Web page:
Keyboard Aficionado

Last week as I pushed my way through the crowded maze of computer shops of the Golden Computer Center in Sham Shui Po (Hong Kong), I love all the rows and rows of small, open-front computer shops with all their products (lot of junk) cramped onto tables. Twenty years ago, these markets where were all the pirated software CDs were to be found. Now the pirated movies, software, and CDs are gone, but they’ve been replaced with computer accessories, all the odds and sods, from cables, battery chargers, and PC motherboards, to printers; you name it and it will be there somewhere. The art is knowing where to find it.

In the back corner, in the basement, was a small little store (all the stores here are small). There are hundreds of keyboards – all with some weird name like “Ducky,” “Power Tech,” and “Dragon Heaven.” As I walked by, I jokingly banged an ugly, chunky keyboard, thinking, “You have got to be kidding. Who in their right mind would buy a keyboard that ugly!?” ….Hang on…I was stopped dead in my tracks….I pressed a few more keys on the keyboard… I was taken back in time… It felt just like a keyboard on an old Televideo 920 terminal display, or the monster keyboard from an IBM PC AT.

WOW… how cool was this! What a great feel! This is how I discovered the “Ducky.”

Okay – it’s an amazingly uncool name, but one AMAZINGLY cool keyboard for those people who are a little bit old-school.

Keyboards today can be divided into two categories. The first is the super cheap and super nasty. These are the sort of keyboards that sell for $10 and have a life expectancy less than that of the high energy photons in a Higgs boson experiment. Then there are the modernista – keyboards whose aesthetics overrule substance. (I group most Apple keyboard in this category – sorry, fanboys). You can imagine a group of industrial designers drinking their double-decafe-low-fat-soy lattés trying to work out how well their keyboard will look in a glass case at the Smithsonian.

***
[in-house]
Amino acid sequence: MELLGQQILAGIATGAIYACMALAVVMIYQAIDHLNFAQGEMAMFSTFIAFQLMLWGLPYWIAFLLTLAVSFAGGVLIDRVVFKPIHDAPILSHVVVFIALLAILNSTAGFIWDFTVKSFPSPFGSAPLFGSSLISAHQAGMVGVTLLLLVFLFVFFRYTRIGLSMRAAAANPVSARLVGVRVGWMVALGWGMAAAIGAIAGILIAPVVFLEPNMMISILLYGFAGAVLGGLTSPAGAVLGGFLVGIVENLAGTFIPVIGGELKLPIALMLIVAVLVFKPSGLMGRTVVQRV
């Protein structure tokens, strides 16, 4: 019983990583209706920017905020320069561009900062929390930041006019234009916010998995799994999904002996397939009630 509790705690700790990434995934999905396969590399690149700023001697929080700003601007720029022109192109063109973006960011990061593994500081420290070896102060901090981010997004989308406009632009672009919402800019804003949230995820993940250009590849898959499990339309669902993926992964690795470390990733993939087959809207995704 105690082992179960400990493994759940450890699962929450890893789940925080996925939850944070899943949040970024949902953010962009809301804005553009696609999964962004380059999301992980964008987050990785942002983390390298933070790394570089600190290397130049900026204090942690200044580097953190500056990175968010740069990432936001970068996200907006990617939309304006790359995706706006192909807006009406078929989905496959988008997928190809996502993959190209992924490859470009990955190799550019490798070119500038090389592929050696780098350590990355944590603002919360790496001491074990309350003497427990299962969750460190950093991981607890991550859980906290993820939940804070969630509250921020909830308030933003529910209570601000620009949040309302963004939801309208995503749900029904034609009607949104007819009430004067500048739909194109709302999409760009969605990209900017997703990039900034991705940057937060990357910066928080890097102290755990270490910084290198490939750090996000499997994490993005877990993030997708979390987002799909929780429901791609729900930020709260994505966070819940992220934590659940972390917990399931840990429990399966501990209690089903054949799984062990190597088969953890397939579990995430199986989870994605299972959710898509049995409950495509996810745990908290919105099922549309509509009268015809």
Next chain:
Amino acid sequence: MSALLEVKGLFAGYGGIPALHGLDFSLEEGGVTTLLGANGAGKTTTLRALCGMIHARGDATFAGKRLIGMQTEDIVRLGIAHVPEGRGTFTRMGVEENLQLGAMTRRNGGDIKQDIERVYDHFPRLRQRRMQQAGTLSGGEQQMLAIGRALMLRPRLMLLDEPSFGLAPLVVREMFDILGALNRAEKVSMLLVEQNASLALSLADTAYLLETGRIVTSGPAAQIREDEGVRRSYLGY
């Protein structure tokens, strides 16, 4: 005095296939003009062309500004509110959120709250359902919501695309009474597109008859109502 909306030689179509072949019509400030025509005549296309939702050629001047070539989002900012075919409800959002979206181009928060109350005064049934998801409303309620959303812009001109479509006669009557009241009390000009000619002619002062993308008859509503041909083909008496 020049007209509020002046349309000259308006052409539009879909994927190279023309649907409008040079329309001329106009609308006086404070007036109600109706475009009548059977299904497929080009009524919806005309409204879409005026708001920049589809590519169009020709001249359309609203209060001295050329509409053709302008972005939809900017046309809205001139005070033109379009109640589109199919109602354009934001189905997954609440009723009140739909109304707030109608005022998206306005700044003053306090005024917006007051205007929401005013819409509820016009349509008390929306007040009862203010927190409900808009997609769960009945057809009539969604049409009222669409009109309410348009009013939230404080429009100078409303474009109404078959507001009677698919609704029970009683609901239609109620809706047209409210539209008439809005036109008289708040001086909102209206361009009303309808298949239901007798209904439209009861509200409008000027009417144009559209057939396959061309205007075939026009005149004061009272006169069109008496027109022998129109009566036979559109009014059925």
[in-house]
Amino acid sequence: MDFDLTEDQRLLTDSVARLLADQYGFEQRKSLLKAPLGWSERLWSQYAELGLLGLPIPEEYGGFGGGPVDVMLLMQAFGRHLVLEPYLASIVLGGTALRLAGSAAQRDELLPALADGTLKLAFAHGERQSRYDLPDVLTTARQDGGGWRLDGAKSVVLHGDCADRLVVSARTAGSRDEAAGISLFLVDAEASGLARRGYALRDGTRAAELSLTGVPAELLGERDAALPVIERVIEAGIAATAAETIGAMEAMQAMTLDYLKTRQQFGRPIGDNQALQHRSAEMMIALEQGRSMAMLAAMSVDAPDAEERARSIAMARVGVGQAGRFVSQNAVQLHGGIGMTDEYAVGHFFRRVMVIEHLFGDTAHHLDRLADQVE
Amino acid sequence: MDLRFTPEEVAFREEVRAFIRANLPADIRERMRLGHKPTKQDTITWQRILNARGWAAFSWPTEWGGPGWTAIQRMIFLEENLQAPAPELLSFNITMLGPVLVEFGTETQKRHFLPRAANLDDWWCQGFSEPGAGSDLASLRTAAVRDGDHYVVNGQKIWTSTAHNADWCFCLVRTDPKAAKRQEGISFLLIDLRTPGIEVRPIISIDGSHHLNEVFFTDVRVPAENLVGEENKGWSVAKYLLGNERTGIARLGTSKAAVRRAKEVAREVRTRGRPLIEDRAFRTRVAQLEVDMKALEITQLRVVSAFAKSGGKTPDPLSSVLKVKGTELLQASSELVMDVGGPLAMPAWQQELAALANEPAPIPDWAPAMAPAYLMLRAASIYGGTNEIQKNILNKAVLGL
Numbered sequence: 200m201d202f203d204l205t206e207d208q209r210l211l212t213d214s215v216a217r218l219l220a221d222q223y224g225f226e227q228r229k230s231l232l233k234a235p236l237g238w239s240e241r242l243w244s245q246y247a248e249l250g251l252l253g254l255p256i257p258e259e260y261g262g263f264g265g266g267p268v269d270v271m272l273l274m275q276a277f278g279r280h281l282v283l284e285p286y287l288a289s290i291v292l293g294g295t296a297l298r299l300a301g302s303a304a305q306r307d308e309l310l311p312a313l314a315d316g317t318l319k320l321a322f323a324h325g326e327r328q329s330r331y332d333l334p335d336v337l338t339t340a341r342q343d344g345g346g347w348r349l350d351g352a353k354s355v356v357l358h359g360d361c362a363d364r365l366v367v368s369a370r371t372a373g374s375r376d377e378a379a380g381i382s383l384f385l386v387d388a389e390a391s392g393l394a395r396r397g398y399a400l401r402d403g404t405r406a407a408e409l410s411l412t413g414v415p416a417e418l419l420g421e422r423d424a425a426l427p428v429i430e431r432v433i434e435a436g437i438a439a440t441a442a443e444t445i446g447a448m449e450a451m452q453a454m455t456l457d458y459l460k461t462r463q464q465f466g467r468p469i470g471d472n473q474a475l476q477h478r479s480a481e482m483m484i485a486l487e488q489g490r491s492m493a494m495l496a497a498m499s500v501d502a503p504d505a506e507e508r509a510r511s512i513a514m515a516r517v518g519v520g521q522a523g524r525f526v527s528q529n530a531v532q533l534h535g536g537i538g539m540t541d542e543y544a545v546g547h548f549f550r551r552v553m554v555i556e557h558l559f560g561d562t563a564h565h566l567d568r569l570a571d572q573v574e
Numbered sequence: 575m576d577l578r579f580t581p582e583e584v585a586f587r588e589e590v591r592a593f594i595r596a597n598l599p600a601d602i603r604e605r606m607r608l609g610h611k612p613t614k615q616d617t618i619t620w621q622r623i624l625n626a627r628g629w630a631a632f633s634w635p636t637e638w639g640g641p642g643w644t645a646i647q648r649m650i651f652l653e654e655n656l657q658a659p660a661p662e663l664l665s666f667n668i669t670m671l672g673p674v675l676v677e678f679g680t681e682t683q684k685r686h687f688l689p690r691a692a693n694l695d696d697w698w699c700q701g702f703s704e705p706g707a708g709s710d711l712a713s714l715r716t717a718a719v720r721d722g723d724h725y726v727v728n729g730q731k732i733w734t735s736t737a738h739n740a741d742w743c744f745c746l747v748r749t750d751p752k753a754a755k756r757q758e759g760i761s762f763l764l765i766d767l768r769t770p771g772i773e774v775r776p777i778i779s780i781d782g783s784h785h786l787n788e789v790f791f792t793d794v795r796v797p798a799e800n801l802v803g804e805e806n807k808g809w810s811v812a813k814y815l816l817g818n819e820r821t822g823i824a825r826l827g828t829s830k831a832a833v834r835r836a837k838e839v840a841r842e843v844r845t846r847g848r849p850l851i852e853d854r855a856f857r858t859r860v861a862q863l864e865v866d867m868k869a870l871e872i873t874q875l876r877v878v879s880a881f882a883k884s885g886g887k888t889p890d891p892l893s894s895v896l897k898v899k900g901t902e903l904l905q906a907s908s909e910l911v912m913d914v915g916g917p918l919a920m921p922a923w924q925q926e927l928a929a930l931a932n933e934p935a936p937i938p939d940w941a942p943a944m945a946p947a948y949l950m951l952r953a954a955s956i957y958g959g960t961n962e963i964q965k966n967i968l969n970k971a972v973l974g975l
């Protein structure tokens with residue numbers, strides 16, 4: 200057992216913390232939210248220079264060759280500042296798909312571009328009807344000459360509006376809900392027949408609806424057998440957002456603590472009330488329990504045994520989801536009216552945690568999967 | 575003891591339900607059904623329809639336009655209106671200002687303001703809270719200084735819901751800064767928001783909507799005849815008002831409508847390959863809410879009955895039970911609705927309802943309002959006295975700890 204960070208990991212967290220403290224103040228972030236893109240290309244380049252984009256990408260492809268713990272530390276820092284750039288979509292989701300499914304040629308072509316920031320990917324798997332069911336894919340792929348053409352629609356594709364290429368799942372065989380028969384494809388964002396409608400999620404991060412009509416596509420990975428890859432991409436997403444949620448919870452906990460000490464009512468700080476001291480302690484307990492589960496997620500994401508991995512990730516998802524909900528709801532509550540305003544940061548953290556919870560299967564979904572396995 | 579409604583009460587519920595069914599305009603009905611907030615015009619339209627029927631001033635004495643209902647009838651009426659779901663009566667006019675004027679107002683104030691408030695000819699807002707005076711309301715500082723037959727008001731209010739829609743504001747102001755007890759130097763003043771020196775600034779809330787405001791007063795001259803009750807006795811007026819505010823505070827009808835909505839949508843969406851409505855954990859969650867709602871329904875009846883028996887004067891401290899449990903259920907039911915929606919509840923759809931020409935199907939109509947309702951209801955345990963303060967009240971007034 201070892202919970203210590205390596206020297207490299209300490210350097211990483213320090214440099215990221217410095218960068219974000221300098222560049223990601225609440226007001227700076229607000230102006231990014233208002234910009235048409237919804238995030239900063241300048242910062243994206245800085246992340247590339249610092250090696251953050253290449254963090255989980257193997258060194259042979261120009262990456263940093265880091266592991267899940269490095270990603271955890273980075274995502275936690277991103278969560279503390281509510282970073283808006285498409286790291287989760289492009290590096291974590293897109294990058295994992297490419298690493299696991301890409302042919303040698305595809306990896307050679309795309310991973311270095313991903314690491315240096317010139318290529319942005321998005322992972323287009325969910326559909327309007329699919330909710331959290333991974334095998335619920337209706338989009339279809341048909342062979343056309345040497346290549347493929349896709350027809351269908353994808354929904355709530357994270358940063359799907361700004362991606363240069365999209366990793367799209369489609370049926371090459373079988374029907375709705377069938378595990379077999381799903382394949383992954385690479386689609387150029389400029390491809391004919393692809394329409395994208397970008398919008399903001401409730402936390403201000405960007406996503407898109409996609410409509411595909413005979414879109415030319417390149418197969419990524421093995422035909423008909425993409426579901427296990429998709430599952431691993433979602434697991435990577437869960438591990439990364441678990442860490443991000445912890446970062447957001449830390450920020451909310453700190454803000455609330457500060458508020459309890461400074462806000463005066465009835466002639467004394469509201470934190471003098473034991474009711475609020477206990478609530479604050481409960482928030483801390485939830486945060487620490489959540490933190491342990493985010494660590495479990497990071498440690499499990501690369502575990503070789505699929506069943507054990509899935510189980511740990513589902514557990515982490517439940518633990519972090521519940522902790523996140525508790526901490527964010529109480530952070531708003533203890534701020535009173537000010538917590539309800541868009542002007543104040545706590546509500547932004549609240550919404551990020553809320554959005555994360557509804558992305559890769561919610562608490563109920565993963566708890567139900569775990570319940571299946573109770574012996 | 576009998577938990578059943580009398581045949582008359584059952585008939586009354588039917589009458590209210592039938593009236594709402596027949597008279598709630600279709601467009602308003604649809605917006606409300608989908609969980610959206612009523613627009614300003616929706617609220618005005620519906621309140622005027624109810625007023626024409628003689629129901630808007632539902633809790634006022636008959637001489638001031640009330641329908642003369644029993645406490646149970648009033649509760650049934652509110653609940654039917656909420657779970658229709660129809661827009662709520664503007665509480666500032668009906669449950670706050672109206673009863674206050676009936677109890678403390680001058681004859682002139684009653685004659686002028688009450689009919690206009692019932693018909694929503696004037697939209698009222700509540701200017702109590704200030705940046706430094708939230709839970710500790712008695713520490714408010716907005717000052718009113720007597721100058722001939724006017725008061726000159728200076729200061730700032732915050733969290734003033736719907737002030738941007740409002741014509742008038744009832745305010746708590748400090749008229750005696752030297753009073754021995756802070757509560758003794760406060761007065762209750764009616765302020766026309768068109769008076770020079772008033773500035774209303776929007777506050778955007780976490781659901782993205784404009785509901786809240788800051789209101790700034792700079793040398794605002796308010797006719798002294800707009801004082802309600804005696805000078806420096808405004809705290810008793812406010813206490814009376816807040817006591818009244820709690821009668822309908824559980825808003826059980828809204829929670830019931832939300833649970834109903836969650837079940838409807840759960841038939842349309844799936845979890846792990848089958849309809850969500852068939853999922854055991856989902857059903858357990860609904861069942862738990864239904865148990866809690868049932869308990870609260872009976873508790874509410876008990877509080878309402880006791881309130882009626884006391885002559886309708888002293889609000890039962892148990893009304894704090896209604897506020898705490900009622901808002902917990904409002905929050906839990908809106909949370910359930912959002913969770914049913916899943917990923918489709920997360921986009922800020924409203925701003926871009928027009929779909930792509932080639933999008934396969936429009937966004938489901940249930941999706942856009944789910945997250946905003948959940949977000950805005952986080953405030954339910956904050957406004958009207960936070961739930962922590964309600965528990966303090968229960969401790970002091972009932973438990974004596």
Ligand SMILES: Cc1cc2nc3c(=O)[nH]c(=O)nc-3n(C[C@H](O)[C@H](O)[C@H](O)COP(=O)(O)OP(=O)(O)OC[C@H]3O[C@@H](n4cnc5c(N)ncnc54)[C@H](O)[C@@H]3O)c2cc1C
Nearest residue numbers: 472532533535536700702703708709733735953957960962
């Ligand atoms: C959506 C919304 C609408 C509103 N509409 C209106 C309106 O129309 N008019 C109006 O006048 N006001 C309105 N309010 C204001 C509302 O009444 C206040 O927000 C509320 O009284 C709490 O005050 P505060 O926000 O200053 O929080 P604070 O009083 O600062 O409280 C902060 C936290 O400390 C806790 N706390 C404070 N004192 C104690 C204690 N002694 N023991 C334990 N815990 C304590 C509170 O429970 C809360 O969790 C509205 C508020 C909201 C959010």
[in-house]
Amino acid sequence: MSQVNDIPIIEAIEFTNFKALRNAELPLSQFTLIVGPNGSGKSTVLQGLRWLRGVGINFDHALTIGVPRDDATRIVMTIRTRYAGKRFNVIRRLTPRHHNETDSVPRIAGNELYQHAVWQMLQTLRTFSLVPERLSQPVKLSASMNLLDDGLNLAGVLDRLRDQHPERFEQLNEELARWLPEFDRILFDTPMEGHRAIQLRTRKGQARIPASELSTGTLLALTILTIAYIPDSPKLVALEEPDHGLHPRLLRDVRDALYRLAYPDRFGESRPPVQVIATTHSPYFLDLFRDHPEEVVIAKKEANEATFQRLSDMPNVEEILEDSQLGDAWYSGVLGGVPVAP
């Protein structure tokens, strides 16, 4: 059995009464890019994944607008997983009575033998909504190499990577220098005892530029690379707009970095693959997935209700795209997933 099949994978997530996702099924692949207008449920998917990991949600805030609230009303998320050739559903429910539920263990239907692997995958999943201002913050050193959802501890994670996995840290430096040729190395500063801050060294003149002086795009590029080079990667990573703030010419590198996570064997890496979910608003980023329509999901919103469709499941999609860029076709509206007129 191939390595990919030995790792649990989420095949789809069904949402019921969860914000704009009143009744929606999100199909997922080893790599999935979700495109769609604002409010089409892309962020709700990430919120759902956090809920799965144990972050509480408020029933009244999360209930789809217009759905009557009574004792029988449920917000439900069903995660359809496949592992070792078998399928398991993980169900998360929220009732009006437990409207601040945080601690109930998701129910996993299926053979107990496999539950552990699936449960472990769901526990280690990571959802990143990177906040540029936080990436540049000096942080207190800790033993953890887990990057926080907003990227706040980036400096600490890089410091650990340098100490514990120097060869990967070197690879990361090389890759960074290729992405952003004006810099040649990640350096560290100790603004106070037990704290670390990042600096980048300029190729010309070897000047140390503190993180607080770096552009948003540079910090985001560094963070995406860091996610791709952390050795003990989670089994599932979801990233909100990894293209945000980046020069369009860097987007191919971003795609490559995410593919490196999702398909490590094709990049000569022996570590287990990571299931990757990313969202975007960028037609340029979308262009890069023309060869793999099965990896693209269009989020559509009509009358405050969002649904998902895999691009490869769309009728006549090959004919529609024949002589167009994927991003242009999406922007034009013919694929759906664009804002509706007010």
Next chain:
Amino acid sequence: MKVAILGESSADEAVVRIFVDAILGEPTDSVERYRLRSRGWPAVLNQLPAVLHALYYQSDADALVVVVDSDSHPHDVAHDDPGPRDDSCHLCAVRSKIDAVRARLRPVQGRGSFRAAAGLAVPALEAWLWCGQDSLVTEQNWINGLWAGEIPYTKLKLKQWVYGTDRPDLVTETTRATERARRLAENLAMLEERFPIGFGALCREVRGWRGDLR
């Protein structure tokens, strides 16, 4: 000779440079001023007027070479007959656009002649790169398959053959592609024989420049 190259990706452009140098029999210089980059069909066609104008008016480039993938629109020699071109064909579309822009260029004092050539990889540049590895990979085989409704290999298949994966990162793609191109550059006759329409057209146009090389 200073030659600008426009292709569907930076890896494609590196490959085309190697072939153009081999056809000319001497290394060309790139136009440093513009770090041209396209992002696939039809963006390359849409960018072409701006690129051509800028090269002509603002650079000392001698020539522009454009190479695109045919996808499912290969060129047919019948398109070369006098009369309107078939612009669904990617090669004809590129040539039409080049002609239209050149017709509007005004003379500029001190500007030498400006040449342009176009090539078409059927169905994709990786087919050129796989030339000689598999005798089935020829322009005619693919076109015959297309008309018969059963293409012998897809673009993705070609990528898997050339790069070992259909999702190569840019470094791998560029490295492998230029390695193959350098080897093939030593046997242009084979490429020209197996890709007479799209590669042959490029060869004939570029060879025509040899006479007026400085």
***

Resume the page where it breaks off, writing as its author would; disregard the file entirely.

Most keyboards they make today look the same on the outside as they do under the hood. They consist of a large sheet of plastic. When a key is pressed, the plastic is pushed down and contact is made.

The Ducky is an n-key rollover keyboard. Each key is a separate mechanical switch. When you press a key, it has a very precise, crisp feel. Each key is mechanically designed to create tactile and audible feedback when it is pressed. Each key also “bounces” back once pressed.

It turns out (after some googling) that these sorts of keyboards are still made. They are high-cost keyboards (my keyboard cost US $100). Apparently, they have found a following with the gaming community. Their precise nature, and the fact that these keyboards do not “drop” keys when pressed, make them ideal for gaming zealots.
So why I am so impressed with this keyboard?

You really get the feeling that the Ducky is a “manly” keyboard. If you asked it to make you a double-decafe-low-fat-soy latté, it would probably slap you down and tell you “Man up – it’s Miller time!” This keyboard does, after all, weight in at 1.3Kg!
The precise nature of the key presses means that when you press an A, you get an A. (It’s almost like the keyboard says, “Ok, what’s next??” I LOVE this keyboard! It has rhythm! It has soul! It’s all business!

It makes beautiful music as you type. The faster and harder you type, the louder the click of the keys becomes and the faster they bounce back.
I know this must sound absolutely crazy… but it is truly an old-school thing. I imagine that most people just wouldn’t get it. Where’s my beer?

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